The court of public opinion usually gets a bad rap.
After all, we have a judicial system. It is based on cold evidence, not hot emotion. We trust our juries and judges to be impartial, to make decisions based on facts. We do not seek justice at the hands of a torch-bearing mob.
The system is imperfect. Still, we believe in it.
So last Sunday afternoon, when the court of public opinion opened its chambers for the unscheduled trial of Jian Ghomeshi, the real judicial system seemed to be under siege.
The scales of justice had been replaced by a blender that was filled with murky innuendo, gossip, rumour, speculation and then set to “puree.”
The CBC delivered its opening statement, which basically was this: “Ladies and gentlemen, Mr. Ghomeshi has committed an act so repulsive, we must let him go.” The network’s former star countered with a longer version of this: “These prudes object to my kinky sex life.”
In the court of public opinion, this is where it usually ends. There is a dispute. We hear about it. We take sides. Then we shrug and the real system takes over.
But this time, the case has taken place entirely in the people’s court.
With the exception of two Facebook posts, we have not seen or heard from the defendant. There was no press conference, no primetime interview. Ghomeshi vanished into the ether. It’s as if he no longer exists.
As the evidence was presented by the media, starting Monday with an investigation in the Star, Ghomeshi’s missing silhouette was filled in with horrifying tales of alleged violence against women. He was recast as a Jekyll and Hyde. He could be charming one minute. The next, he was biting and choking and punching.
On Sunday night, the jury was split. By Friday, the evidence seemed overwhelming: a monster had been lurking in the spotlight for years. What we heard was ugly and unsettling. The bit about Big Ears Teddy made us nostalgic for the more innocent days of Rob Ford smoking crack.
As new victims emerged, as the narrative veered away from Ghomeshi’s defense — that this was a smear campaign led by one “jilted” ex-girlfriend — something else became clear: the court of public opinion is far more powerful than we thought.
You might go one step further and ask: Is what transpired even possible inside the real system?
There’s a reason women are reluctant to report sexual assaults. The real system, built upon a presumption of innocence, is stacked in favour of the accused. Most assaults involve a known assailant. A case often devolves into a “he said, she said” impasse.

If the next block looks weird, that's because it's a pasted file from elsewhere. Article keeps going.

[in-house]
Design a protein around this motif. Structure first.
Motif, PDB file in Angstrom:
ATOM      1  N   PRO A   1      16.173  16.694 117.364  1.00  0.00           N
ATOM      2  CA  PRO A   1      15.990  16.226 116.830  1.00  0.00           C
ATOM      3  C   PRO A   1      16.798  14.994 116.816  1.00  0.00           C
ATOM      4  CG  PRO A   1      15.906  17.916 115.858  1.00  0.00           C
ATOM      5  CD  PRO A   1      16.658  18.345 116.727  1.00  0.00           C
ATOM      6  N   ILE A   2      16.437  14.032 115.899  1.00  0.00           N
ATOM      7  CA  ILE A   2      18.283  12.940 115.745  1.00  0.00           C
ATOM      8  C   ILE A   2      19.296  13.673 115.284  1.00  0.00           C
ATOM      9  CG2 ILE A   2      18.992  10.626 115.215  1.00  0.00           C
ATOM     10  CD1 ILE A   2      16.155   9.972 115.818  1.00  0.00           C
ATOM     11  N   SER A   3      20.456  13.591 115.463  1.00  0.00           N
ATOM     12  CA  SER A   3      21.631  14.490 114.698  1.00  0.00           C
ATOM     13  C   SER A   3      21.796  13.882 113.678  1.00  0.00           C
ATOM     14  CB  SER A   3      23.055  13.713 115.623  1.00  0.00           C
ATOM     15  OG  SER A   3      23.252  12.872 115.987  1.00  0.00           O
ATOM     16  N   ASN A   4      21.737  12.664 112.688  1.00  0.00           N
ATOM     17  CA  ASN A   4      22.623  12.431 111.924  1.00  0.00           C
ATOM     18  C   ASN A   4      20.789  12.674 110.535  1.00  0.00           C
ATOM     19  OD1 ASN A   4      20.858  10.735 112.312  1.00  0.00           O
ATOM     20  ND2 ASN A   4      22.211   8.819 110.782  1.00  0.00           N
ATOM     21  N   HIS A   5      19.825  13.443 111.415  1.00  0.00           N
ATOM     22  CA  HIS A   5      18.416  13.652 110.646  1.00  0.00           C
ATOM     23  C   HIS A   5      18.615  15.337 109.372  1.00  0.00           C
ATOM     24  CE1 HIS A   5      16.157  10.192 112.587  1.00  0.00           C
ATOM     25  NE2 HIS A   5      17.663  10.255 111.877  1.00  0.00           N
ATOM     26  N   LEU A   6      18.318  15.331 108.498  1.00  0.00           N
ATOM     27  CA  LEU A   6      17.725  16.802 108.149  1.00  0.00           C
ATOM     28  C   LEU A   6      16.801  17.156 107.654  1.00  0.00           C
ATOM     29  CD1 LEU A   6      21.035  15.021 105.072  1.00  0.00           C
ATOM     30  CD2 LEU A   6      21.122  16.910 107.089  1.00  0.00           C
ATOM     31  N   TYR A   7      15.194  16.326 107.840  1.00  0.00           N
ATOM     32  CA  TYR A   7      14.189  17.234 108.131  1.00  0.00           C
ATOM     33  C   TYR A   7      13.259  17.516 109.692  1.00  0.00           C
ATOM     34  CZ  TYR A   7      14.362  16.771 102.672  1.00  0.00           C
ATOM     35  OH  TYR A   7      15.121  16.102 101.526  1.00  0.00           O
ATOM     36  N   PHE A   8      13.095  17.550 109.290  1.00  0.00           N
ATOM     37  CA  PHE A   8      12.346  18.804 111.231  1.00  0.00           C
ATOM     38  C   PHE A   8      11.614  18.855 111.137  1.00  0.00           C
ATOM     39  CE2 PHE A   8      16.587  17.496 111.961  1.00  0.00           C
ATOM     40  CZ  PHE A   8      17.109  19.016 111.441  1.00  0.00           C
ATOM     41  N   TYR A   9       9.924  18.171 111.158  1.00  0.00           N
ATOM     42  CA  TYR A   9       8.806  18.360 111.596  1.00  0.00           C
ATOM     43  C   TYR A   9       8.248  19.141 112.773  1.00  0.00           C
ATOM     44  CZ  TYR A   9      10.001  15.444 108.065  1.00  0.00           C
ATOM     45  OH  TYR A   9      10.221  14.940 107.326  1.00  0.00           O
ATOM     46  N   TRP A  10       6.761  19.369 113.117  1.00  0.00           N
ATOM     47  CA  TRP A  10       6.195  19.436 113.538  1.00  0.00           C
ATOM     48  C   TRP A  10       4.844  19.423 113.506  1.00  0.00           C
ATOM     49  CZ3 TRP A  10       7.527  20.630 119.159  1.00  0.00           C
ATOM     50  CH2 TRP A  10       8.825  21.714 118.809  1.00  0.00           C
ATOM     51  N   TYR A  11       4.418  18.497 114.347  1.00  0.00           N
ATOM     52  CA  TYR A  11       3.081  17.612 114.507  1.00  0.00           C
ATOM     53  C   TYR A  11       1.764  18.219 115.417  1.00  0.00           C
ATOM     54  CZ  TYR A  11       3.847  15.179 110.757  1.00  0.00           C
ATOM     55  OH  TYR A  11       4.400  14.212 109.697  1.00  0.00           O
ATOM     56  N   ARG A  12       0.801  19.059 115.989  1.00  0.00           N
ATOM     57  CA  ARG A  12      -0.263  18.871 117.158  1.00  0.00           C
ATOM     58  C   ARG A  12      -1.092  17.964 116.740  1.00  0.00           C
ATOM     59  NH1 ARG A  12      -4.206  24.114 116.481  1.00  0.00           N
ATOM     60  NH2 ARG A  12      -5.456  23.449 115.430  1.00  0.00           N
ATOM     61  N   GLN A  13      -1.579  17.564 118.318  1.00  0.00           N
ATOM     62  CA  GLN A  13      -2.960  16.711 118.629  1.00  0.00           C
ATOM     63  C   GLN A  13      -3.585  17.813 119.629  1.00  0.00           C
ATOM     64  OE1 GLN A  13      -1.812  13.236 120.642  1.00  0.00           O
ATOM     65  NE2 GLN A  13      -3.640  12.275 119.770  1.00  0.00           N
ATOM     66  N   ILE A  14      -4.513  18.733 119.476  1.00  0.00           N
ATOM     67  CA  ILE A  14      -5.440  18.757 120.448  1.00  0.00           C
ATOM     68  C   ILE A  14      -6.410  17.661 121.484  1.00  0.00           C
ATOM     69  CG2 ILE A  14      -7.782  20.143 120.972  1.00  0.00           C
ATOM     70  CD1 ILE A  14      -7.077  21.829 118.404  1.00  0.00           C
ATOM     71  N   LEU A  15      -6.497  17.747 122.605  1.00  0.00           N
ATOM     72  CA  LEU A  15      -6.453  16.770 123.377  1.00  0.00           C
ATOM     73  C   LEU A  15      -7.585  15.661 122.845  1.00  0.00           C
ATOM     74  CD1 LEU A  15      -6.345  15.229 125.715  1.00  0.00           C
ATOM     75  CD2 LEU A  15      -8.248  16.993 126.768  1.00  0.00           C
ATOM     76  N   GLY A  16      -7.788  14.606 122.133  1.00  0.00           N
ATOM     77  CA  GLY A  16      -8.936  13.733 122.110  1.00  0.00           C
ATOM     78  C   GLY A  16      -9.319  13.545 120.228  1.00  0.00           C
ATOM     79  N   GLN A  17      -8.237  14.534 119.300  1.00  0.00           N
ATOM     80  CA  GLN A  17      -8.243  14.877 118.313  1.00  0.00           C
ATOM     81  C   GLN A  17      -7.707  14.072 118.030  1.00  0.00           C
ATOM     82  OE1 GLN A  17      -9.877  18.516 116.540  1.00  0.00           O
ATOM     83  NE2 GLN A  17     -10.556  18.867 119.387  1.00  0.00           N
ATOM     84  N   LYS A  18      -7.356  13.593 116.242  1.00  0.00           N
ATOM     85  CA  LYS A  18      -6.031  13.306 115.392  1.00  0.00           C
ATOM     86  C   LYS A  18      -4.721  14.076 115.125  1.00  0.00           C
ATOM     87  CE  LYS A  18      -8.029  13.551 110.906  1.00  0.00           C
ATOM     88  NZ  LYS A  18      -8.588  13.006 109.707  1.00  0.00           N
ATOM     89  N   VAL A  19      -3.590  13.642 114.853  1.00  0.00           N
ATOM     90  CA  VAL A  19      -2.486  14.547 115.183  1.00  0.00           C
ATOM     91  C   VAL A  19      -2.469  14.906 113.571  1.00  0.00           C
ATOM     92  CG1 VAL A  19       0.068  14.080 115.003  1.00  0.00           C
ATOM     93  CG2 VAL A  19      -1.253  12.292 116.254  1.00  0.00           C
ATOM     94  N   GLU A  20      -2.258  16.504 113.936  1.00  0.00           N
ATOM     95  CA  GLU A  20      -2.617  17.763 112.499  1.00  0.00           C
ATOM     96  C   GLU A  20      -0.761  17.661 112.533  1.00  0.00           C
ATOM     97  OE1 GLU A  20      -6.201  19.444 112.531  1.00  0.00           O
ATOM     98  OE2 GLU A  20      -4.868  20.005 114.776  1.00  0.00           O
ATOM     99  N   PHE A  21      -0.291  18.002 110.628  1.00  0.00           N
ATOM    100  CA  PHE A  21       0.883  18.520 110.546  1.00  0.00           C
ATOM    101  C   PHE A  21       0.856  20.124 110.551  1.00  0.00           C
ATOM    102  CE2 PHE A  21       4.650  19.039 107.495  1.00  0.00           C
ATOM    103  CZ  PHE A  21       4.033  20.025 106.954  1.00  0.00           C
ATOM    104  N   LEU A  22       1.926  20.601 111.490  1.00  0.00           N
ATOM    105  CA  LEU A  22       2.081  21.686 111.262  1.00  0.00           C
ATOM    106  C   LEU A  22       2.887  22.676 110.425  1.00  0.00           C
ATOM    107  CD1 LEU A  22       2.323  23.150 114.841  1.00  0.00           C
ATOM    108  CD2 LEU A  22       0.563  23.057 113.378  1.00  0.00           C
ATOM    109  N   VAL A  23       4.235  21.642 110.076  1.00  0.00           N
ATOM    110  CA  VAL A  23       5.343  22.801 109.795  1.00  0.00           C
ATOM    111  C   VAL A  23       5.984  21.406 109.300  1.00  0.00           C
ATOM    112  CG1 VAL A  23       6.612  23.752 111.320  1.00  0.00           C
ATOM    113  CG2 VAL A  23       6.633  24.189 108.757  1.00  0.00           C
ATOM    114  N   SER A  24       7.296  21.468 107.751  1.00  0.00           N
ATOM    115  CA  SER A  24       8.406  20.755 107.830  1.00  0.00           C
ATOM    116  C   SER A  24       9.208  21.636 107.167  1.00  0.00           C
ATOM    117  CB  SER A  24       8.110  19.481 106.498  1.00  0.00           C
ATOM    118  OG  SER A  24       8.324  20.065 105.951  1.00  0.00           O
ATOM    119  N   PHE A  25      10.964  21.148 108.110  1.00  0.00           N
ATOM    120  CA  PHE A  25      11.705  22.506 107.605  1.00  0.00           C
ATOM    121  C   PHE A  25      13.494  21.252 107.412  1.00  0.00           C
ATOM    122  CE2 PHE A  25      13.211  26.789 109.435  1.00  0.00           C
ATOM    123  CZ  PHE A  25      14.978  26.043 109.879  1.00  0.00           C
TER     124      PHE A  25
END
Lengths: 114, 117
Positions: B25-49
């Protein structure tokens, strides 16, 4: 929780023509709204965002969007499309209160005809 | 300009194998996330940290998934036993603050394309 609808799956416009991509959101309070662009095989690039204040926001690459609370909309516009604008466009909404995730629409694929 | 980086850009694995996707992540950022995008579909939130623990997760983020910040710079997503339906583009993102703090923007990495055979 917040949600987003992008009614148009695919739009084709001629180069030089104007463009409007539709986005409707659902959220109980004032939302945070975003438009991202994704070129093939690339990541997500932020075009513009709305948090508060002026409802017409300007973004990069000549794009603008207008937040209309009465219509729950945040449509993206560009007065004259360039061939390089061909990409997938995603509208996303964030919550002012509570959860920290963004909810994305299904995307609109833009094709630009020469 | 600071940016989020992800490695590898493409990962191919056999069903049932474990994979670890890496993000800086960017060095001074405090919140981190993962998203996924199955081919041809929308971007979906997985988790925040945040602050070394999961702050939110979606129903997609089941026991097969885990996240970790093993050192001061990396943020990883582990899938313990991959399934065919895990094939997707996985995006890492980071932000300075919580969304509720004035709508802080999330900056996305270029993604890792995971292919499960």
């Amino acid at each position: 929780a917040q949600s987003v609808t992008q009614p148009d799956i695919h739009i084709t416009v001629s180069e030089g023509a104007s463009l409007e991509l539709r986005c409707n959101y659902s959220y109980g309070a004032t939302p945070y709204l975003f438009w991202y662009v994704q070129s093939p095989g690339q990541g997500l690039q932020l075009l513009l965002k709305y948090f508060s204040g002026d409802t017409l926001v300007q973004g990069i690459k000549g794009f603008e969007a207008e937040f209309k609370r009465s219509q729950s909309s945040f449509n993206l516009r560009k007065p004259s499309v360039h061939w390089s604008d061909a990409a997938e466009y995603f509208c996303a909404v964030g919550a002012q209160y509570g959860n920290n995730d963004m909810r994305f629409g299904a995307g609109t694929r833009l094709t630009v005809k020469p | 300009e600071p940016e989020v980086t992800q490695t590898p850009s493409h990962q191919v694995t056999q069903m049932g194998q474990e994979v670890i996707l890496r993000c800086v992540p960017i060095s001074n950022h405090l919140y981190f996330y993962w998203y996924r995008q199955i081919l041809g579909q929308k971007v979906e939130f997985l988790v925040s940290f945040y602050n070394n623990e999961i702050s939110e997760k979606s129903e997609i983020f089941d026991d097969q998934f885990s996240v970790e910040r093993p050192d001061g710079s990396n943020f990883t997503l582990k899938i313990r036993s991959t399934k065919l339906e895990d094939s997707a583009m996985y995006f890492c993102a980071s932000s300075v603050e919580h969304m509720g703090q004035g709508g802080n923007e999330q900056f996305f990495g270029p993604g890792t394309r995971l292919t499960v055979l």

The problem is she needs to say so much more than he.
She has to share intimate and painful details with strangers. She has to relive the attack. She has to endure skepticism and, often, outright hostility. She may be stigmatized. She may be subjected to a cross-examination so heartless and invasive, it feels like a second, third and fourth assault.
That’s if there even is a trial, which usually there is not.
But over the last week, something remarkable happened. A protective tent was pitched inside the court of public opinion, that ethereal space that connects minds and cuts across media, social media and our living rooms.
And the women felt safe enough to come inside and share their stories.
We should not underestimate the courage this required, especially when you consider some of the nastiness that emerged online in the first couple of days as outraged Ghomeshi fans engaged in victim blaming.
We should also not underestimate how the court of public opinion made any of this possible.
The women do not know one another. If they had gone to the authorities when the alleged assaults happened, they would have done so alone, one at a time, at different times over the years. It would be the word of one younger, more vulnerable woman against the word of one older, more powerful man.
How do you think this would end?
The court of public opinion erased some of these institutional biases. Suddenly, there was strength in numbers. These women were not alone. They had one another. More important, they had us. They came forward after the story broke because the court of public opinion seemed like the exact opposite of the real system.
As they talked, we listened. As we listened, they were believed.
This, too, should not be underestimated.
It’s been a traumatic week. This is a tragedy for all involved — the victims, Ghomeshi and the CBC. Yet amid all of the ugliness, as we the people watched from our virtual benches, a startling amount of good seemed to escape from the bad.
How do you find justice in a case that may never get deep inside the real system? Usually, you don’t. But this week, even before a police investigation was launched on Friday, justice seemed to be served inside the court of public opinion.